You can imagine my delight when I discovered that meat puck – like pesto and caprese – was pan-Italian. Five years after the project in Sicily, I partnered with an Italian colleague to run a small excavation in Sardinia as my dissertation project. A handful of students volunteered to work with us, and our tiny team bought lunches from a local couple who also catered for the town elementary school. Just a few days into the project, we opened our lunch boxes to find:

“Meat puck!” I cried.

“Meat puck?” my students asked, eyebrows raised. I laughed.

“I don’t know what it’s called in Italian, but we got it on a project I did in Sicily and we called it meat puck. It’s yummy.”

My students agreed. From that day forward, meat puck in our lunches was cause for celebration. It was the cherry on top of a day gone well, the saving grace of a day of disasters. And it made me happy, in a circle-of-life kind of way, to introduce a new crop of American students to this delightful Italian classic, as I had been introduced to it five years before.

But Americans are spoiled for choice. I grew up in a Midwestern town that was far from an exemplar of internationalism, and I still had access to Chinese, Thai, and Mexican in addition to the usual restaurant chains. During grad school, when my friends and I would take a break from our studies to get lunch, we first had to decide what kind of lunch we wanted: sushi? Indian? Latin fusion? Maybe try the new vegan place? Americans prize the opportunity to decide what we want, and choosing foods is no small part of this enjoyment. And why not? Even the best cuisines can become repetitive. I admit, after weeks of eating Italian every day in the field, my students and I were starting to wish for variety.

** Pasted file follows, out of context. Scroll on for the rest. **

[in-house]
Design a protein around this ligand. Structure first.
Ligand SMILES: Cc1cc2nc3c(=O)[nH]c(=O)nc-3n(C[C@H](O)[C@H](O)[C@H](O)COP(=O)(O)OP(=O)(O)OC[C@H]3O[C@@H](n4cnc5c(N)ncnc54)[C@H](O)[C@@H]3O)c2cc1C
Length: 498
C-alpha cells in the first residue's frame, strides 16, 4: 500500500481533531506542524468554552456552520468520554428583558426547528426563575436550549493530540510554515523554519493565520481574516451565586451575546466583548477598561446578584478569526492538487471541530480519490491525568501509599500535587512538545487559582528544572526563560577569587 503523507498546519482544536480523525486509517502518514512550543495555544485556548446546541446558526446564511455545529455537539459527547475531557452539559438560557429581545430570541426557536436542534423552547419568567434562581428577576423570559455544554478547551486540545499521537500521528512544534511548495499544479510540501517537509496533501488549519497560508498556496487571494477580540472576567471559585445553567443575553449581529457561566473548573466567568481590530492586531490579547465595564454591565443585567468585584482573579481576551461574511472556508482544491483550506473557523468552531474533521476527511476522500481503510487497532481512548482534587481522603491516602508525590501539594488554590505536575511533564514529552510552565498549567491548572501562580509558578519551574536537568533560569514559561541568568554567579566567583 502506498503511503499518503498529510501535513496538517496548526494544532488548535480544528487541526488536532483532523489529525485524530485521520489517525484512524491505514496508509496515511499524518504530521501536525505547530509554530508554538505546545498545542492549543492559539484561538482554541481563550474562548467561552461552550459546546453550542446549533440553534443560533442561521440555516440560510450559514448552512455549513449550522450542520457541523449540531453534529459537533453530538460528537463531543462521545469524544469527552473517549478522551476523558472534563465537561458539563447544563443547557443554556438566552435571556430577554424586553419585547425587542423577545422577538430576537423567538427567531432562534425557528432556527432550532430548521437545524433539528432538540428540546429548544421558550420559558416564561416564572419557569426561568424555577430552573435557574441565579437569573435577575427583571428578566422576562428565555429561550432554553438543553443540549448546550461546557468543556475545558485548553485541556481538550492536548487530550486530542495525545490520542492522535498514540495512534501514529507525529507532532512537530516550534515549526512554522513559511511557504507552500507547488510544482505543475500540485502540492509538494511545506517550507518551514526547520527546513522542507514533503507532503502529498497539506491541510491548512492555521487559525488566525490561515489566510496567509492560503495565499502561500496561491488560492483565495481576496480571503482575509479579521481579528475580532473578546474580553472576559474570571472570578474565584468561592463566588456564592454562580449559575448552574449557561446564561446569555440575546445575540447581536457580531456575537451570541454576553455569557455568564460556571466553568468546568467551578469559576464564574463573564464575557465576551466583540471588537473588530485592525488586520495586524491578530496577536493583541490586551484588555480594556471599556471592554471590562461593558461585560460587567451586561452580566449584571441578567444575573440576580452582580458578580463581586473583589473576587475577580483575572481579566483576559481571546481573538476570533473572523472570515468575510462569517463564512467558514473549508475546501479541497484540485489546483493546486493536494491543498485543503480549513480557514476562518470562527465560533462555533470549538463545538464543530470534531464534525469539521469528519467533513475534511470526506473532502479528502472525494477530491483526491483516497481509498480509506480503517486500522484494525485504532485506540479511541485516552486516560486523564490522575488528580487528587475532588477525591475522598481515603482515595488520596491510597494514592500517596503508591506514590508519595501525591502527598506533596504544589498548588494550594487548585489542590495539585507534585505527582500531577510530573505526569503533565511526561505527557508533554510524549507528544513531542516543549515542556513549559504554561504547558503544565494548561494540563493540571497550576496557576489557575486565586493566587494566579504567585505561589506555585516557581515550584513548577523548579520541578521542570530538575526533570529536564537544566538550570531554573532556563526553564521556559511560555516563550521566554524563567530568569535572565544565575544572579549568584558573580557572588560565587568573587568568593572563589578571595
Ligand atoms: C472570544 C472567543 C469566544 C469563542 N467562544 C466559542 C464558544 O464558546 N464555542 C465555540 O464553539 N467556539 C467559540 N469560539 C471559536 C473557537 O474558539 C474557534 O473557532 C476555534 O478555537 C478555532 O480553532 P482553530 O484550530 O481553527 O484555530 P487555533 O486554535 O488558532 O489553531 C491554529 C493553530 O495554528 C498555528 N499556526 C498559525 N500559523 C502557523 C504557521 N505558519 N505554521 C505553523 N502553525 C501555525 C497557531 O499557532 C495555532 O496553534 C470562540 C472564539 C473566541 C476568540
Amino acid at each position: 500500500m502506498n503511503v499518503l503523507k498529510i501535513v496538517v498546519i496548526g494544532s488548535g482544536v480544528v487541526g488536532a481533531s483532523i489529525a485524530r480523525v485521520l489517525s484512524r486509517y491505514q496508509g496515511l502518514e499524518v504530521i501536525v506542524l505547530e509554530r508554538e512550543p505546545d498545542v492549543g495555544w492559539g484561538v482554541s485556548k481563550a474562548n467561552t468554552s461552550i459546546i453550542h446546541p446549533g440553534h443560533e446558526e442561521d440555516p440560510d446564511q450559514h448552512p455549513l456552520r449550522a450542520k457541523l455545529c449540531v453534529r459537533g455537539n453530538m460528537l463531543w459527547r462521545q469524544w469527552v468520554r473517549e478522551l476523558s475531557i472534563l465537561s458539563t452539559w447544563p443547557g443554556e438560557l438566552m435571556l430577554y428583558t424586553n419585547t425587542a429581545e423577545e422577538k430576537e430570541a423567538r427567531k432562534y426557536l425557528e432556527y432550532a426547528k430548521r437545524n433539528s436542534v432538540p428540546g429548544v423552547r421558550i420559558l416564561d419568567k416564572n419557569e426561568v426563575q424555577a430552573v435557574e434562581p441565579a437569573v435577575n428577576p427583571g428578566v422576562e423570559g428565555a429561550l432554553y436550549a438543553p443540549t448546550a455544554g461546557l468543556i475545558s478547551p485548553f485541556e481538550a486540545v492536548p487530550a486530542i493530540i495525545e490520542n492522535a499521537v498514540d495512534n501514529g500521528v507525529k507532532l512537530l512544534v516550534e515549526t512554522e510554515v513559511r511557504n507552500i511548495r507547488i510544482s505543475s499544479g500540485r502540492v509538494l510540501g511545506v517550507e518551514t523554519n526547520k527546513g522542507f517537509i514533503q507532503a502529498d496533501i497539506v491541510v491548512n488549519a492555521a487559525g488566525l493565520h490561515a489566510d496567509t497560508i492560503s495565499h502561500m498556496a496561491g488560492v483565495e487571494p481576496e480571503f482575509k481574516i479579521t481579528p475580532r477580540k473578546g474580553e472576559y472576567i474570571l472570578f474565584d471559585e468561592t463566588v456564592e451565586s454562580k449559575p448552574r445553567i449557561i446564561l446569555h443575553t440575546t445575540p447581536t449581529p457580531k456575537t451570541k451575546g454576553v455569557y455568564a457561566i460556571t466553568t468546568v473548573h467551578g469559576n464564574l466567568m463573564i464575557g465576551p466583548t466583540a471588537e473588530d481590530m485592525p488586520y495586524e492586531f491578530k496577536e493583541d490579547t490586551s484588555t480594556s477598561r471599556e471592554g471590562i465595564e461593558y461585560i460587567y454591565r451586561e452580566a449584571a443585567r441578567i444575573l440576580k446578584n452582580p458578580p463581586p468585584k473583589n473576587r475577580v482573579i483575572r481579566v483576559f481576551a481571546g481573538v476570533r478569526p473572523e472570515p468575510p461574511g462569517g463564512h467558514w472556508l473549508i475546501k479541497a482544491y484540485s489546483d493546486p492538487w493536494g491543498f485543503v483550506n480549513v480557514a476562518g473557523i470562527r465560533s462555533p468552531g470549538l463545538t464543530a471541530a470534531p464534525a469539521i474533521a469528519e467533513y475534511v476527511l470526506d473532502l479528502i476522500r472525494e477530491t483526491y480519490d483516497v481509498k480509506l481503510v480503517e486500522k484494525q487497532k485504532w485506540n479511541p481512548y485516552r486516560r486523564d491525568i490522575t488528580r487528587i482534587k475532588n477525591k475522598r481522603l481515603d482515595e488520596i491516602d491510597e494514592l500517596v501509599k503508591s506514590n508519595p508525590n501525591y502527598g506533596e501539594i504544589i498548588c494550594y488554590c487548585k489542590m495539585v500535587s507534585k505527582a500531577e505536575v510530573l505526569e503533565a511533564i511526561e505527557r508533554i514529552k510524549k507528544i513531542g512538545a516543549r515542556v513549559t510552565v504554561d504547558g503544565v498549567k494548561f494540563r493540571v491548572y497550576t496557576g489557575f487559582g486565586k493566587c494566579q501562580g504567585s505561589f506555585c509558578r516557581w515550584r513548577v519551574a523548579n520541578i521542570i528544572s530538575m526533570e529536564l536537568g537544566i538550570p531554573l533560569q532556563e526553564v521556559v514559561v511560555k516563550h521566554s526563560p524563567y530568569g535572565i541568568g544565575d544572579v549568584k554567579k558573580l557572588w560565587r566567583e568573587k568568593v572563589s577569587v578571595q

It was a great day, then, when one of the Sardinian workers told me: “you must be excited, you’re getting American food today!”

We were? How did she know? It turned out that the caterers provided a lunch schedule for the parents of children at the elementary school. My students and I spent the morning in rabid anticipation of this unexpected treat. What kind of American food would it be? I closed my eyes and wished that it might, just might, be barbecue. When lunchtime arrived, we threw the boxes on the table, ripped open the lids, and:

“Meat puck…?”

There was a stunned silence as we looked at the little fried meatloaves.

“But…” someone stuttered plaintively “meat puck isn’t American…”

The silence lengthened. It took us time to put it together. Slowly, unwilling to believe, we realized:

“Meat… pucks… are… hamburgers.”

There it was. The terrible truth stared up at us from a thin pool of olive oil. In a second of disillusionment, meat puck went from a beloved Italian specialty to a sadly inaccurate American one. Where was the cheese? The lettuce? The tomato? What about ketchup and mustard? Where was the bun?

It’s funny how expectation changes everything. I didn’t stop enjoying meat pucks once I realized they were hamburgers, but my enthusiasm lost its edge. The concept of Italian-American food was familiar to me, but I had never considered the possibility of American-Italian food. I had never imagined how it would taste to eat one of my national dishes after it had been translated for a different palate. I thought of the Chinese, Thai, and Mexican restaurants I had grown up with, and wondered how deeply those dishes were doctored so they would sell to a bunch of Ohioans.

I can’t deny that the story of meat puck has a kernel of disappointment. But I like to think it’s really a story of hope. A story of cultural exchanges waiting to happen, of important culinary bridges remaining to be built. The story of meat puck is a call to introduce Italians to the fresh, smoky, succulent flavors of the genuine American classic. And with this sacred duty in mind, I squared my shoulders and walked through a crisp fall evening to my friends’ house to cook them hamburgers. On a grill. With cheese. Without olive oil.